Posts Tagged ‘lung cancer’

Meso Foundation commends U.K. efforts on mesothelioma, urges U.S. to follow suit

17 Mar 2010 by under Legal, News, Organizations, Research/Treatment
straw Meso Foundation commends U.K. efforts on mesothelioma, urges U.S. to follow suit

UK Justice Secretary Jack Straw

Earlier this month, Chris Hahn, executive director of the Mesothelioma Applied Foundation (Meso Foundation) expressed his support for the recent announcement from the UK that it plans to not only endorse for mesothelioma victims, but to promote and treatment. In a news release, Hahn praised the U.K. for its recognition “that society’s obligation and moral responsibility to remedy the tragic legacy of decades of asbestos use requires funding to develop effective medical treatments.” Then, he asked the all-important question: “Will the United States follow?”

Hahn’s praise and plea followed remarks by the U.K.’s Lord Chancellor and Secretary of State for Justice, Jack Straw, who has been outspoken about the government’s role in caring for workers harmed by asbestos on the job.  Straw issued a statement Feb. 25, 2010, in response to an ongoing debate over the government’s decision on the question of compensation for pleural plaques.

Although pleural plaques, which are small areas of fibrosis in the pleura of the lung caused by asbestos exposure, indicate that a person has been exposed to asbestos, they generally do not cause any significant change in lung function. As a result, the Law Lords on Oct. 17, 2007 determined that people who have pleural plaques, but no other asbestos-caused illness, are not eligible for any compensation for medical treatment or other financial claims. The debate over pleural plaques sparked a national debate about asbestos disease.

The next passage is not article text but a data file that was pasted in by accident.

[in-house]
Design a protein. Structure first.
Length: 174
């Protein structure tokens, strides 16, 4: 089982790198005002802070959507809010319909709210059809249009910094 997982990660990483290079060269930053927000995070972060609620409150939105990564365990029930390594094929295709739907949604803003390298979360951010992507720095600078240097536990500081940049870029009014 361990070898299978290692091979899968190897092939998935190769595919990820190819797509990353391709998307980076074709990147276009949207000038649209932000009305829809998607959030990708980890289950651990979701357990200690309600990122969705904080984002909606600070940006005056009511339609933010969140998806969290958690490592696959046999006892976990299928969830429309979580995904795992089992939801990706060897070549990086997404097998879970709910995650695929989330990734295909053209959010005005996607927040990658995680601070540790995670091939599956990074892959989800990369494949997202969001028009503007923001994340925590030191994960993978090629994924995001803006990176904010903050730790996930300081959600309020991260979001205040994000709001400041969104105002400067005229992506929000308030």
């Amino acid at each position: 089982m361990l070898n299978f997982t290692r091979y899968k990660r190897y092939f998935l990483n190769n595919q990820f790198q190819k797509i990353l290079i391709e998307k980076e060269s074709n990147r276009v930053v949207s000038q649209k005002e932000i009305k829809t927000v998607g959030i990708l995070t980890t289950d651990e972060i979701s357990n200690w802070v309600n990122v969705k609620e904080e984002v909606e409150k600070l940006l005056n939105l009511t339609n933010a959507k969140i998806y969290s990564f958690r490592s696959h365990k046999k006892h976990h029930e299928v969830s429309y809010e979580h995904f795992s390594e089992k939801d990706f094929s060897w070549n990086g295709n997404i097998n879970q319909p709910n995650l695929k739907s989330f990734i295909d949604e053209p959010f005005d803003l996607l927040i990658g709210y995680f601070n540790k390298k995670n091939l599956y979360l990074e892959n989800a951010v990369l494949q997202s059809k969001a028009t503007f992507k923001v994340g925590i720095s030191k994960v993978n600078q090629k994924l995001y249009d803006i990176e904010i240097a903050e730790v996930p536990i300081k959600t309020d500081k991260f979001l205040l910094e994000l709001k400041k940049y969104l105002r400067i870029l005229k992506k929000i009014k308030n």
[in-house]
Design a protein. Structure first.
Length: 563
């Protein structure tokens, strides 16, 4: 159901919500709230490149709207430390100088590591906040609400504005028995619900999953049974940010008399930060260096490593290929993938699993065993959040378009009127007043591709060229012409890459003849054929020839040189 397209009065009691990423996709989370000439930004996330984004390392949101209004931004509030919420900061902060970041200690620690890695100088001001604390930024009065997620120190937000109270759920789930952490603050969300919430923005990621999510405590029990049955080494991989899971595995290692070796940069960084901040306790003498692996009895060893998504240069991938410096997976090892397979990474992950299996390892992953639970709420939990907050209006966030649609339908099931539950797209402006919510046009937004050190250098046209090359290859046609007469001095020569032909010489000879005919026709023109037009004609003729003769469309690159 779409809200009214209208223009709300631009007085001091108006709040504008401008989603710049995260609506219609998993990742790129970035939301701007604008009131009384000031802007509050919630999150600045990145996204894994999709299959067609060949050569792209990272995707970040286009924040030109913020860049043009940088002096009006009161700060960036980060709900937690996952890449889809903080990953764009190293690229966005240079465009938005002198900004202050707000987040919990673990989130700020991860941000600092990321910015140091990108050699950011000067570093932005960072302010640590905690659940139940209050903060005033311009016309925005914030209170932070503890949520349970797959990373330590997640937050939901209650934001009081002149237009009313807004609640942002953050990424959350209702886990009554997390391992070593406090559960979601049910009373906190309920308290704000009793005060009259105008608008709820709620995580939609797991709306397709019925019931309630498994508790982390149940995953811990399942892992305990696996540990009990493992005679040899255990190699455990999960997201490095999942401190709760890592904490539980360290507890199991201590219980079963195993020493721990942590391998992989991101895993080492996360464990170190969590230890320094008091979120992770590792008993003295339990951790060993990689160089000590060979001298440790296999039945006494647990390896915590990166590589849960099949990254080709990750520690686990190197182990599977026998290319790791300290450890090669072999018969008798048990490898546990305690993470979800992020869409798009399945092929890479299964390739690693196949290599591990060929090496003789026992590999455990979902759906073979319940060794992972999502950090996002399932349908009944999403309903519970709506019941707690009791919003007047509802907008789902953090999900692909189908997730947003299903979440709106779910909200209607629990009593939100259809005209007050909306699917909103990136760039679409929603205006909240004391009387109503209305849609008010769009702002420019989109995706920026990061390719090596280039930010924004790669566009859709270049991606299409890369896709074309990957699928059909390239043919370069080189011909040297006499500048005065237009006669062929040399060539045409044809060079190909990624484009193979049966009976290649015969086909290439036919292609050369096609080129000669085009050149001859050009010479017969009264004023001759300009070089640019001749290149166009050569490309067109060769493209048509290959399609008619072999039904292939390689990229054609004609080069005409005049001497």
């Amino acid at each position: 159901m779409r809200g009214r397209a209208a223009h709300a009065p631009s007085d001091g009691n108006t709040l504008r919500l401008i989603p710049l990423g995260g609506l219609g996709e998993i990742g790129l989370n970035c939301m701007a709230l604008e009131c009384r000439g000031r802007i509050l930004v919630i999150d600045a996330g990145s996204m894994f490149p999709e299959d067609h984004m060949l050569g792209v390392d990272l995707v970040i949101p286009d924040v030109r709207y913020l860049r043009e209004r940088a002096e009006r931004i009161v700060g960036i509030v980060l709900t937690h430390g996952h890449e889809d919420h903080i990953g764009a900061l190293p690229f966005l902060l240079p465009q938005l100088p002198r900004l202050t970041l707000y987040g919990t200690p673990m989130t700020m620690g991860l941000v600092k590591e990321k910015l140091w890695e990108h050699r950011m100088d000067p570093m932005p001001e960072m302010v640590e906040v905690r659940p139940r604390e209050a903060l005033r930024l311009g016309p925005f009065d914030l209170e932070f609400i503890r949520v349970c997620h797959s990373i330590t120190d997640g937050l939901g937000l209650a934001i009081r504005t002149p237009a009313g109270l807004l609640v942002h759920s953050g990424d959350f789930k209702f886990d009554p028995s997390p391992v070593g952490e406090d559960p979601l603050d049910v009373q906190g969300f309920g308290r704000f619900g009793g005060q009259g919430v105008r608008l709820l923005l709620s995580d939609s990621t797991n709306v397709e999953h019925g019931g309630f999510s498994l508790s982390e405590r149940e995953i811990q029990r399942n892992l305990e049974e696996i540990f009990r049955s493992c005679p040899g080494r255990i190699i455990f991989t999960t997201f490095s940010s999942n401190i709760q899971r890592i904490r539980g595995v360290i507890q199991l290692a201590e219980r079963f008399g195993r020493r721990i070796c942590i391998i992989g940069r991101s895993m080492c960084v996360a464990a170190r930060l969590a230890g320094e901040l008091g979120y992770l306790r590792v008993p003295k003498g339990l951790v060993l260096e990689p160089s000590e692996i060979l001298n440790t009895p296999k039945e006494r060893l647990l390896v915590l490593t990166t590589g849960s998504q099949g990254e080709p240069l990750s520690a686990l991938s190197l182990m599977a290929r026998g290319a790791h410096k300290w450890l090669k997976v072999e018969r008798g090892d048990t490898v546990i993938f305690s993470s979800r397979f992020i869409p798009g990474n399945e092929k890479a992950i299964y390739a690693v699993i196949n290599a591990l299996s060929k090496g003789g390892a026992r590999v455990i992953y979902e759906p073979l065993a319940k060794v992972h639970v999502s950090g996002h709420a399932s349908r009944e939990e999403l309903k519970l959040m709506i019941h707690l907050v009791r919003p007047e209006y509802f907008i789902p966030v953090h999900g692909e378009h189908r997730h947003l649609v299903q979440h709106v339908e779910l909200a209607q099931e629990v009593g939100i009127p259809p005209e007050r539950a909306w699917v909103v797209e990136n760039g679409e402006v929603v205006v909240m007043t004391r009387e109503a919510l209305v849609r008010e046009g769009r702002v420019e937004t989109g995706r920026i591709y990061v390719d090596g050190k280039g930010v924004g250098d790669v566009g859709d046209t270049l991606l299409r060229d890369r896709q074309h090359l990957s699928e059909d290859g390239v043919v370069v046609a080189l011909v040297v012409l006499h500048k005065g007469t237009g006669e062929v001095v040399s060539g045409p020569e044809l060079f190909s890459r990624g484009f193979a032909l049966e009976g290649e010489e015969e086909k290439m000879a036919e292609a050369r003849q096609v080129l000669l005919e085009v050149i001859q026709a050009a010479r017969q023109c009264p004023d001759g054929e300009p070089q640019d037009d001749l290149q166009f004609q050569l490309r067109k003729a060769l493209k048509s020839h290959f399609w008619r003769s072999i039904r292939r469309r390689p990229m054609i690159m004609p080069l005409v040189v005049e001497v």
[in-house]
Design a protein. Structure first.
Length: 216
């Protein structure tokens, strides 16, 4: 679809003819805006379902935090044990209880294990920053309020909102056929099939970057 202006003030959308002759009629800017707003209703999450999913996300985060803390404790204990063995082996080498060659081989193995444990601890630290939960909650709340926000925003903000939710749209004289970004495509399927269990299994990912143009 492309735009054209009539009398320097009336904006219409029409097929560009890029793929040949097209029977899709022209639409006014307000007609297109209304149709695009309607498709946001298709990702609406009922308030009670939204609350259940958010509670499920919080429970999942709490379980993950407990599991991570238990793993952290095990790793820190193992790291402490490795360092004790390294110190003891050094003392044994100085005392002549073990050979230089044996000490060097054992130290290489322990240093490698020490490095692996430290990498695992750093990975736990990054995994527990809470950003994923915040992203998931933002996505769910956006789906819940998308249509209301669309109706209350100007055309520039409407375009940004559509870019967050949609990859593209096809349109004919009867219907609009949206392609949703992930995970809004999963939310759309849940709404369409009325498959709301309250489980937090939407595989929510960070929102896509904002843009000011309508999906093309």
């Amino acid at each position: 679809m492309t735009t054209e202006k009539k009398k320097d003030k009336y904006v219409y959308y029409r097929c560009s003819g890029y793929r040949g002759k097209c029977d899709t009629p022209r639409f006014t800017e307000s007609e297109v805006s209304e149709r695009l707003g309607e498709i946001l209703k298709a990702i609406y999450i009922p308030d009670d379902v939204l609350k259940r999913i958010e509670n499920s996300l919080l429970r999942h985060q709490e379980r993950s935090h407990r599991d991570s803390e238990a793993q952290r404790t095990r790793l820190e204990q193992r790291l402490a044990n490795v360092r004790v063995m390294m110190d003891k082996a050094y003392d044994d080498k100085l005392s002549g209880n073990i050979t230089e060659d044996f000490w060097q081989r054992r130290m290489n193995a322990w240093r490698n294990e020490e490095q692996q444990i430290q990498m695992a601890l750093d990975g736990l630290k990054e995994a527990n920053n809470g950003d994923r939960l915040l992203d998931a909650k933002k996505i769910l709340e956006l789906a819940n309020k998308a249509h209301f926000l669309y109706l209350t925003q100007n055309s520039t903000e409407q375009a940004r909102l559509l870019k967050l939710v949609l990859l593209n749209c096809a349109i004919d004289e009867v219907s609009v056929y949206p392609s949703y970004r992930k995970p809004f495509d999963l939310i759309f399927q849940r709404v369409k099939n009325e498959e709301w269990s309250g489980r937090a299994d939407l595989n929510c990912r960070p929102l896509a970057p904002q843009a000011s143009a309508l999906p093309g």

Although subsequent research did not provide enough evidence to overturn the Law Lords’ ruling, it has provided significant information about asbestos disease, including mesothelioma and lung cancer. The government also is establishing a number of policies to make it easier for those who are diagnosed with mesothelioma or serious asbestos disease to receive compensation more quickly. Additionally, the research has encouraged the UK government to take a stronger stand on mesothelioma research and treatment.

According to Straw’s statement, “The fact that the UK has one of the highest rates of death from mesothelioma in the world is a legacy of our industrial heritage and the part that asbestos played in it. Just as the UK was a global leader in the asbestos industry, we must now become a global leader in research into asbestos-related disease.”

The government of the UK is calling for the creation of a National Centre for Asbestos-Related Disease, which will be a “collaborative network of funded researchers whose core purpose would be to advance medical research into the prevention, cure and alleviation of asbestos-related disease – primarily mesothelioma,” according to Straw. He said the insurance industry has pledged £3 million toward this research effort.